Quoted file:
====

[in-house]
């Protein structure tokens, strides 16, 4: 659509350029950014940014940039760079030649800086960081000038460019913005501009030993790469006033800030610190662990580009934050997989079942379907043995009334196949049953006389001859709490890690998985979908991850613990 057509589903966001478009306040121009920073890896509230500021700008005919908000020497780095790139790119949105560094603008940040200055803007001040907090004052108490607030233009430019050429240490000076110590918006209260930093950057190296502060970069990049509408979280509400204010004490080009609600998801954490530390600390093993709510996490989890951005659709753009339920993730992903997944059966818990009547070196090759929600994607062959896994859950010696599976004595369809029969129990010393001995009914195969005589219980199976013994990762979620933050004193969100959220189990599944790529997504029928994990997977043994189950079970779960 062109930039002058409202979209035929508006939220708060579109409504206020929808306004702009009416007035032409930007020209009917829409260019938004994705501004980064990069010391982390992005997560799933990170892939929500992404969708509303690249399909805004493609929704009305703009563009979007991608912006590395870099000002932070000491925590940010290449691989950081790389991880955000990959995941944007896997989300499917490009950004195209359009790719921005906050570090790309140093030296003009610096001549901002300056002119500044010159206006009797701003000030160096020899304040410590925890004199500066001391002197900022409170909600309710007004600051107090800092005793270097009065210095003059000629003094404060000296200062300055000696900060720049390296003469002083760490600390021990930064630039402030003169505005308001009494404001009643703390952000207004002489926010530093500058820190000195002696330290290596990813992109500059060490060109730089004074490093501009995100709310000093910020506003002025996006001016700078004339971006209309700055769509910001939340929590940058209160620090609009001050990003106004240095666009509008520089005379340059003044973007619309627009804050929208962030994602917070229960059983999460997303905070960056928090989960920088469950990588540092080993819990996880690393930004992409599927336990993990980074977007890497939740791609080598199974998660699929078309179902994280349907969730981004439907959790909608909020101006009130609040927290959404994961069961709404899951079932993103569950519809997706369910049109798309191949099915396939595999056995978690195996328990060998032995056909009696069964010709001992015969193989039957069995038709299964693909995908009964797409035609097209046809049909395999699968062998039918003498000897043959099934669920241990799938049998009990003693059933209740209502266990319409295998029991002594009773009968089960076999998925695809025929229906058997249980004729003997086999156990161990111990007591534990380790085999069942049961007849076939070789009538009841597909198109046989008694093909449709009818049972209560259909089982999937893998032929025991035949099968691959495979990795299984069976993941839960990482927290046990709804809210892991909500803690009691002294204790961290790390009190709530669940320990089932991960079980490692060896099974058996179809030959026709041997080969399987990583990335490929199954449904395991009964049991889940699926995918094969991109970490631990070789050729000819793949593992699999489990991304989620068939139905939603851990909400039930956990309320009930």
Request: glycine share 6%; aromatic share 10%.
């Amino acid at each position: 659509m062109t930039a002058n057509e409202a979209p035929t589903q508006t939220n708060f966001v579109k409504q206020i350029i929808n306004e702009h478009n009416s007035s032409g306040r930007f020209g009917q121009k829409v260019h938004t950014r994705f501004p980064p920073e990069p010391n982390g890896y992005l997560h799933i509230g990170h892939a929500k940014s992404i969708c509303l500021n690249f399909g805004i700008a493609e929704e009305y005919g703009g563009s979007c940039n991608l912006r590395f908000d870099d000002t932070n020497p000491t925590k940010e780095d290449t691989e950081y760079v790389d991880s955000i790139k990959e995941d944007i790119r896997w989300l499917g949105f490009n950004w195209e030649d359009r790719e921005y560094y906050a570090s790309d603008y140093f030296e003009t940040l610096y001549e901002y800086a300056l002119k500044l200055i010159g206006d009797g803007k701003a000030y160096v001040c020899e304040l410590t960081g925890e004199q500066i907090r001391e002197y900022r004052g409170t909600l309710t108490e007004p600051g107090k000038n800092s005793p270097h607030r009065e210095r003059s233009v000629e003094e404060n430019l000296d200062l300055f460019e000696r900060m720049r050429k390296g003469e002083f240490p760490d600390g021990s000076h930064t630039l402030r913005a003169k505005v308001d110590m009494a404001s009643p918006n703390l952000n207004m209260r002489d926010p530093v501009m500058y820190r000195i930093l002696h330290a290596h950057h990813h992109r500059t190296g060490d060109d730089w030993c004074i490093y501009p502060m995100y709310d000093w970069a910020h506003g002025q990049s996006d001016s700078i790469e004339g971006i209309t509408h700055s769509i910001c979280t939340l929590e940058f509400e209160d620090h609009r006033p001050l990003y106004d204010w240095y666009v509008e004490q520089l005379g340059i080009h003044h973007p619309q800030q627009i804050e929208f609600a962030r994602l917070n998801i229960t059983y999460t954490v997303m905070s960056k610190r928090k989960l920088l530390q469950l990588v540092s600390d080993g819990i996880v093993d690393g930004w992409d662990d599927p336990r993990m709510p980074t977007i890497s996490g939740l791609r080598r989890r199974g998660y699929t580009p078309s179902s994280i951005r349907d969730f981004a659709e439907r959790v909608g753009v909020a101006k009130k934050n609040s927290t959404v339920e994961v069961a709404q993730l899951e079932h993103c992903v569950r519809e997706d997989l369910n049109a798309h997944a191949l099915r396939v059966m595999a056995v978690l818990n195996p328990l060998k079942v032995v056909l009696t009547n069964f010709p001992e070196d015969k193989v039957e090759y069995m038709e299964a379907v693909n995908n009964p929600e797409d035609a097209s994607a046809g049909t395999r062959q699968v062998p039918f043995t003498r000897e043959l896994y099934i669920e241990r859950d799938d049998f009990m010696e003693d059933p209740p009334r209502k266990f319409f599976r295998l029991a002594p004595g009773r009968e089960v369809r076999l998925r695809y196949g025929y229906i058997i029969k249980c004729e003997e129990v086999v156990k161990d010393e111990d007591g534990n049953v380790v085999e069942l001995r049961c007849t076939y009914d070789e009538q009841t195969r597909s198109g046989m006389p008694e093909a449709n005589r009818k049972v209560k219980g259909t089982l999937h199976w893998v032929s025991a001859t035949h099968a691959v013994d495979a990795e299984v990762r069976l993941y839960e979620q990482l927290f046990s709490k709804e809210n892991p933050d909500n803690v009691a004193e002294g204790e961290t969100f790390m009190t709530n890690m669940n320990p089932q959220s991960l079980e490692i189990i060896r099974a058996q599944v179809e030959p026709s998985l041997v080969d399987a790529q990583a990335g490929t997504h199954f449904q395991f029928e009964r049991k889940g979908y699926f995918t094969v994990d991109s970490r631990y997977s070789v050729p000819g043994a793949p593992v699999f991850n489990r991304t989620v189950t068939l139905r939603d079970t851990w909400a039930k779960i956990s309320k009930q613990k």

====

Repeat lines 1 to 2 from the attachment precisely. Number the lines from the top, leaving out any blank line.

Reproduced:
[in-house]
């Protein structure tokens, strides 16, 4: 659509350029950014940014940039760079030649800086960081000038460019913005501009030993790469006033800030610190662990580009934050997989079942379907043995009334196949049953006389001859709490890690998985979908991850613990 057509589903966001478009306040121009920073890896509230500021700008005919908000020497780095790139790119949105560094603008940040200055803007001040907090004052108490607030233009430019050429240490000076110590918006209260930093950057190296502060970069990049509408979280509400204010004490080009609600998801954490530390600390093993709510996490989890951005659709753009339920993730992903997944059966818990009547070196090759929600994607062959896994859950010696599976004595369809029969129990010393001995009914195969005589219980199976013994990762979620933050004193969100959220189990599944790529997504029928994990997977043994189950079970779960 062109930039002058409202979209035929508006939220708060579109409504206020929808306004702009009416007035032409930007020209009917829409260019938004994705501004980064990069010391982390992005997560799933990170892939929500992404969708509303690249399909805004493609929704009305703009563009979007991608912006590395870099000002932070000491925590940010290449691989950081790389991880955000990959995941944007896997989300499917490009950004195209359009790719921005906050570090790309140093030296003009610096001549901002300056002119500044010159206006009797701003000030160096020899304040410590925890004199500066001391002197900022409170909600309710007004600051107090800092005793270097009065210095003059000629003094404060000296200062300055000696900060720049390296003469002083760490600390021990930064630039402030003169505005308001009494404001009643703390952000207004002489926010530093500058820190000195002696330290290596990813992109500059060490060109730089004074490093501009995100709310000093910020506003002025996006001016700078004339971006209309700055769509910001939340929590940058209160620090609009001050990003106004240095666009509008520089005379340059003044973007619309627009804050929208962030994602917070229960059983999460997303905070960056928090989960920088469950990588540092080993819990996880690393930004992409599927336990993990980074977007890497939740791609080598199974998660699929078309179902994280349907969730981004439907959790909608909020101006009130609040927290959404994961069961709404899951079932993103569950519809997706369910049109798309191949099915396939595999056995978690195996328990060998032995056909009696069964010709001992015969193989039957069995038709299964693909995908009964797409035609097209046809049909395999699968062998039918003498000897043959099934669920241990799938049998009990003693059933209740209502266990319409295998029991002594009773009968089960076999998925695809025929229906058997249980004729003997086999156990161990111990007591534990380790085999069942049961007849076939070789009538009841597909198109046989008694093909449709009818049972209560259909089982999937893998032929025991035949099968691959495979990795299984069976993941839960990482927290046990709804809210892991909500803690009691002294204790961290790390009190709530669940320990089932991960079980490692060896099974058996179809030959026709041997080969399987990583990335490929199954449904395991009964049991889940699926995918094969991109970490631990070789050729000819793949593992699999489990991304989620068939139905939603851990909400039930956990309320009930």